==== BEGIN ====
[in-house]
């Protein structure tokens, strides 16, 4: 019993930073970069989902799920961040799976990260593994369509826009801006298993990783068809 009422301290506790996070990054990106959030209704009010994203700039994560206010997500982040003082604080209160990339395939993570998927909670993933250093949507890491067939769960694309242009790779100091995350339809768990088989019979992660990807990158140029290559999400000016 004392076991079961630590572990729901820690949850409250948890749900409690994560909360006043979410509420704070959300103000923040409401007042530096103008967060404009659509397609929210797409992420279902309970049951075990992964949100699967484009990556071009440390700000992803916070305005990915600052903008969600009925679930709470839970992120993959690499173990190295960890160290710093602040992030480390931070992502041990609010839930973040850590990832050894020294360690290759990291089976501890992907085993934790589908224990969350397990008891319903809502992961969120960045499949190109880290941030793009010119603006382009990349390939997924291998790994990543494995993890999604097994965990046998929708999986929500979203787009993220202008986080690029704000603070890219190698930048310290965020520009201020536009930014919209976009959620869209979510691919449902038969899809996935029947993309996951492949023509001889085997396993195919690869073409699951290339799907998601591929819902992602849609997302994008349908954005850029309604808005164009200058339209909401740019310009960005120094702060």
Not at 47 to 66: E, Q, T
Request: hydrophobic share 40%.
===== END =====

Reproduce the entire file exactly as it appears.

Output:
[in-house]
């Protein structure tokens, strides 16, 4: 019993930073970069989902799920961040799976990260593994369509826009801006298993990783068809 009422301290506790996070990054990106959030209704009010994203700039994560206010997500982040003082604080209160990339395939993570998927909670993933250093949507890491067939769960694309242009790779100091995350339809768990088989019979992660990807990158140029290559999400000016 004392076991079961630590572990729901820690949850409250948890749900409690994560909360006043979410509420704070959300103000923040409401007042530096103008967060404009659509397609929210797409992420279902309970049951075990992964949100699967484009990556071009440390700000992803916070305005990915600052903008969600009925679930709470839970992120993959690499173990190295960890160290710093602040992030480390931070992502041990609010839930973040850590990832050894020294360690290759990291089976501890992907085993934790589908224990969350397990008891319903809502992961969120960045499949190109880290941030793009010119603006382009990349390939997924291998790994990543494995993890999604097994965990046998929708999986929500979203787009993220202008986080690029704000603070890219190698930048310290965020520009201020536009930014919209976009959620869209979510691919449902038969899809996935029947993309996951492949023509001889085997396993195919690869073409699951290339799907998601591929819902992602849609997302994008349908954005850029309604808005164009200058339209909401740019310009960005120094702060």
Not at 47 to 66: E, Q, T
Request: hydrophobic share 40%.